Evaluating Promising New Treatments for Life-Threatening Disease: Implications of the HDC/ABMT Experience for Treating Breast Cancer

Vol. VIII, No. 1
January 2005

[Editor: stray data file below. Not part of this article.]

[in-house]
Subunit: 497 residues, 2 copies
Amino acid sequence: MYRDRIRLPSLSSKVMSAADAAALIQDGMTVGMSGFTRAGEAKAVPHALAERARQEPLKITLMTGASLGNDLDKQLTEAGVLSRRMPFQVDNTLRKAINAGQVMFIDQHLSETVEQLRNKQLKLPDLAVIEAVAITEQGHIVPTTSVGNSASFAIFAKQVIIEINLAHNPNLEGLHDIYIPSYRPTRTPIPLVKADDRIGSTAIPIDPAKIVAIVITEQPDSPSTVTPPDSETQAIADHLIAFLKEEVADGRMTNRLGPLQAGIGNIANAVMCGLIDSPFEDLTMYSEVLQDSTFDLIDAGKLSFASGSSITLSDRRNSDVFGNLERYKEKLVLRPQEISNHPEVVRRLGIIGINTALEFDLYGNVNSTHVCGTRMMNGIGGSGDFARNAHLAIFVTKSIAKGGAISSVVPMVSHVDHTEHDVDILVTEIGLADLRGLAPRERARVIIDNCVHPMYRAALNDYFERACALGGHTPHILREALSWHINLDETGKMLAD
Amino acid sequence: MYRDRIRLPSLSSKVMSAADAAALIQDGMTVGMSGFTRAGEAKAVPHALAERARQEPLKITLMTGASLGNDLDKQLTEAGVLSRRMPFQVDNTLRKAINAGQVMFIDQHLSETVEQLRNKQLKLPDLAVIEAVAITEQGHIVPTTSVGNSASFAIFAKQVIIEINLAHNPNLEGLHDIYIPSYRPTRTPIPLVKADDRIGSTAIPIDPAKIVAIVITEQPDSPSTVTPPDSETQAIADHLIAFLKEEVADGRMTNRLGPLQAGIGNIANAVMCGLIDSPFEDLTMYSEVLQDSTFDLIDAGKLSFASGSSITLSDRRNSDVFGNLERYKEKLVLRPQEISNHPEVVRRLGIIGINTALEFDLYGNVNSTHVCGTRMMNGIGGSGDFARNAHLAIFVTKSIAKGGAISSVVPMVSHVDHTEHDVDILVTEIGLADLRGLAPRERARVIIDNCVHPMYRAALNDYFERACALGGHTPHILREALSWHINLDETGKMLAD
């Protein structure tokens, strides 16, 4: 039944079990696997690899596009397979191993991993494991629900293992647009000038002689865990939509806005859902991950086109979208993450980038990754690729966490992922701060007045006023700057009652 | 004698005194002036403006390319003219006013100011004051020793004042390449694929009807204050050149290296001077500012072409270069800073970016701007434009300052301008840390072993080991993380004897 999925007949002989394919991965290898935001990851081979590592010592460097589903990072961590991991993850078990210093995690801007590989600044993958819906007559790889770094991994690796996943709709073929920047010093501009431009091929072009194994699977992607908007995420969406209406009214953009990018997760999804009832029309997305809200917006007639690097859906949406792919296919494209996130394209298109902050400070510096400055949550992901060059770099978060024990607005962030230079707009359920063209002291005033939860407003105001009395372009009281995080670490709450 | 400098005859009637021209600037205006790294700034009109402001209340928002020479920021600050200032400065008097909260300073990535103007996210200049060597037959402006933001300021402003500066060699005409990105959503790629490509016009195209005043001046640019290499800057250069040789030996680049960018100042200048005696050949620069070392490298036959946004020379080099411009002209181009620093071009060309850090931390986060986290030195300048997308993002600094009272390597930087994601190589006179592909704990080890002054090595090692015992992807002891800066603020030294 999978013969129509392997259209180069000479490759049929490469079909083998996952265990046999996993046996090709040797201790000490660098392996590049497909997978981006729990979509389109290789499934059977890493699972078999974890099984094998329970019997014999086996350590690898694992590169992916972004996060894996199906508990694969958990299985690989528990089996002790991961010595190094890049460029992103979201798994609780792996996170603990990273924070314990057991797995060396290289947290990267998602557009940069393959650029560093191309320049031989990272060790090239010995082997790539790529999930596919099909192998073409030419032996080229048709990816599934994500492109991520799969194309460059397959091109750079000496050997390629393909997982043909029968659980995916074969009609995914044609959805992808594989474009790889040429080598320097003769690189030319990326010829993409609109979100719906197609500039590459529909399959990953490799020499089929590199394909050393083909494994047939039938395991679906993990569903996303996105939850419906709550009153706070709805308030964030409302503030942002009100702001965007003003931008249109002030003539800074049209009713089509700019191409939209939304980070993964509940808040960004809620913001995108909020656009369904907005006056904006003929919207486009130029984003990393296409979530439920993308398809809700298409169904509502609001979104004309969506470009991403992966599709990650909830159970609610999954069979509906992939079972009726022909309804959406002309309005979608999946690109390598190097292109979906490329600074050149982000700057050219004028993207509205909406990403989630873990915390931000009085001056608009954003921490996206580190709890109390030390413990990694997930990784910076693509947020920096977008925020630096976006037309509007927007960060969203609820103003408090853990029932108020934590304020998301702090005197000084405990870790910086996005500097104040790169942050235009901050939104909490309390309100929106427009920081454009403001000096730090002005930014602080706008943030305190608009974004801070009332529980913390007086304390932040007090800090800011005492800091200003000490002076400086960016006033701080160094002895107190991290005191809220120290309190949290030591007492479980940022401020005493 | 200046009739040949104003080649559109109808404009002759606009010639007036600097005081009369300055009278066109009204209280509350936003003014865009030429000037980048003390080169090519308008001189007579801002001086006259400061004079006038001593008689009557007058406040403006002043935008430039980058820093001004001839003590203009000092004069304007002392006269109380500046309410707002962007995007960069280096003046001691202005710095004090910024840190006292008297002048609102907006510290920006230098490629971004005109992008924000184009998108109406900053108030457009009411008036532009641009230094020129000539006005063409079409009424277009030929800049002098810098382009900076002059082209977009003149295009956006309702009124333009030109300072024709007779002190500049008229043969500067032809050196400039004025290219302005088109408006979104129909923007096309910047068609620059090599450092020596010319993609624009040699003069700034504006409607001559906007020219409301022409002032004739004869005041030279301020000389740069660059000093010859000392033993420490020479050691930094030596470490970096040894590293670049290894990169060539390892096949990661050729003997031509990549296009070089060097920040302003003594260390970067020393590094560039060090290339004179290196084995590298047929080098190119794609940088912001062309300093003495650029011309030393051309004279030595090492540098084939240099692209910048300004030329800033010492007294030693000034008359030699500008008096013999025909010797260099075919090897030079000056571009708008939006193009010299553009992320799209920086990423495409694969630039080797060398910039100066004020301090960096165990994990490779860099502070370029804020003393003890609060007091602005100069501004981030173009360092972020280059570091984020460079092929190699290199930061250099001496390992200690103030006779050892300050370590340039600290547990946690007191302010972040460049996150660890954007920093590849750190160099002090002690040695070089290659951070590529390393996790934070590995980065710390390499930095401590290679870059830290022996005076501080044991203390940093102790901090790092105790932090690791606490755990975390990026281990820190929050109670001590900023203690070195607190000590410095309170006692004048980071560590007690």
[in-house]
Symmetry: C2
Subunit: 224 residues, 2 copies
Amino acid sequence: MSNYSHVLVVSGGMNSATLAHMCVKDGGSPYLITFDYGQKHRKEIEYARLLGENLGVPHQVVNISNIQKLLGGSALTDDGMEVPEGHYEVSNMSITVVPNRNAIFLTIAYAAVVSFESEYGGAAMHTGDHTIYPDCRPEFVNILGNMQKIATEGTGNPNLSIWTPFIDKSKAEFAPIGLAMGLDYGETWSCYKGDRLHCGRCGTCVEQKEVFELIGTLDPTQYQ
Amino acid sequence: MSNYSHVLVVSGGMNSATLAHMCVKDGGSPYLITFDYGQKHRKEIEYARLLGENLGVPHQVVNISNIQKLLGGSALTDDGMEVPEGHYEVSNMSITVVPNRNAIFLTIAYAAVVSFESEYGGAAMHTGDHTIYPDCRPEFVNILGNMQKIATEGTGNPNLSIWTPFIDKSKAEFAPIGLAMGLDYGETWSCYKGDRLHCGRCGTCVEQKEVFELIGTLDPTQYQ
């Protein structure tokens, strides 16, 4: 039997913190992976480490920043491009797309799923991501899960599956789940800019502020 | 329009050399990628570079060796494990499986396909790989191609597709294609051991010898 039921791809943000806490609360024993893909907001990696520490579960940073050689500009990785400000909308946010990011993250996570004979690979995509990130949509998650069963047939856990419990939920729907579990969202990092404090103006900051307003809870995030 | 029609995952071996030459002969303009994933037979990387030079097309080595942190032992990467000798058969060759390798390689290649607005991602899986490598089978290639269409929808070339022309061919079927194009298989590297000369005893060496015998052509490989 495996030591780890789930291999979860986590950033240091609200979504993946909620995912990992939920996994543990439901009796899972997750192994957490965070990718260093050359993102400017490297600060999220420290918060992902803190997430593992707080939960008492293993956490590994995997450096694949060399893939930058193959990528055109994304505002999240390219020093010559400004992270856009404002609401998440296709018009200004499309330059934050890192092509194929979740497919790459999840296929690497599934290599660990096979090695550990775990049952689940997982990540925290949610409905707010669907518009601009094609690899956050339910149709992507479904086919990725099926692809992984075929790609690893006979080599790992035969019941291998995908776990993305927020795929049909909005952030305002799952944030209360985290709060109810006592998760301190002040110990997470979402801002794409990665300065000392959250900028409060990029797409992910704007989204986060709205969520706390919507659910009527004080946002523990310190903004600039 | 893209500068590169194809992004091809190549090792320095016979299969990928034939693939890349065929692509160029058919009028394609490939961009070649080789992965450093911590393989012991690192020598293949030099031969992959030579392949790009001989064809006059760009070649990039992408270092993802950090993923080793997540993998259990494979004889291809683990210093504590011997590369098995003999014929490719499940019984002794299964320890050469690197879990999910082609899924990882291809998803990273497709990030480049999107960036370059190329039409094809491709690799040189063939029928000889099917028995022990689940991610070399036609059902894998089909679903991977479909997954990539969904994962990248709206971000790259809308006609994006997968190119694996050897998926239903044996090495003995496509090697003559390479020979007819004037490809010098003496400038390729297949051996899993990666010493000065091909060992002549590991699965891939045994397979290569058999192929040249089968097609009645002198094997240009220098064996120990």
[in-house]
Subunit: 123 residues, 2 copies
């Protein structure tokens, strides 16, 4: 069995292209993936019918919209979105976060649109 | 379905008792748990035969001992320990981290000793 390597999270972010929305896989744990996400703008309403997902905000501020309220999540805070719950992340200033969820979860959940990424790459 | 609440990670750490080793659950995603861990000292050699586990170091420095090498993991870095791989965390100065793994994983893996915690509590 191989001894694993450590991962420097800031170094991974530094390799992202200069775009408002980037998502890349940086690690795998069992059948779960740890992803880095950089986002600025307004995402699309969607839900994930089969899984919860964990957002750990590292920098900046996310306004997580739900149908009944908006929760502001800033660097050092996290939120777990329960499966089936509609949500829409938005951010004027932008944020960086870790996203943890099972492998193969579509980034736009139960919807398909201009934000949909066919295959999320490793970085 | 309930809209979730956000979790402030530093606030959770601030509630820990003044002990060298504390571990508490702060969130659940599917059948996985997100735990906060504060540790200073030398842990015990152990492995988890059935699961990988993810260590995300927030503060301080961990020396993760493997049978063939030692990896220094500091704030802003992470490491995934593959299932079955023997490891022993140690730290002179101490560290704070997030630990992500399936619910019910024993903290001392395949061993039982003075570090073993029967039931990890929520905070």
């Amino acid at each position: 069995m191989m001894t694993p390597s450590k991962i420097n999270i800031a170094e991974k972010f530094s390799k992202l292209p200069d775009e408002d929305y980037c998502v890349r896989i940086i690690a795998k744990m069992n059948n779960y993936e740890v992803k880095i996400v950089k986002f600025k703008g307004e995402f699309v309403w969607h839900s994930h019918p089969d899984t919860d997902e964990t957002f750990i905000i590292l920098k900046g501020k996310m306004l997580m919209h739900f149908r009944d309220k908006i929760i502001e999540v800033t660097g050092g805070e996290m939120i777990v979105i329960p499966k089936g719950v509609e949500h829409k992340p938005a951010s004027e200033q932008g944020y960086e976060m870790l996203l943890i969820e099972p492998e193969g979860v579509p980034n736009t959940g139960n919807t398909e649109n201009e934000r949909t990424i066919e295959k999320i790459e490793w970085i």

Promising new medical treatments for life threatening diseases often inspire hope, patient demand, and physician enthusiasm before evaluation. In the late 1980s, highdose chemotherapy/autologous bone marrow transplantation (HDC/ABMT) emerged as a promising medical procedure for treating metastatic and high-risk breast cancer. But procedures, unlike new drugs, face no requirement for evaluation by randomized clinical trials (RCTs). In the early 1990s, HDC/ABMT began diffusing rapidly and widely into clinical practice concurrent with much slower evaluation by RCTs. By the decade’s end, four trials reported “no benefit” to the experimental procedure compared to standard treatment. Two trials reporting positive benefit, when audited, were found to be fraudulent.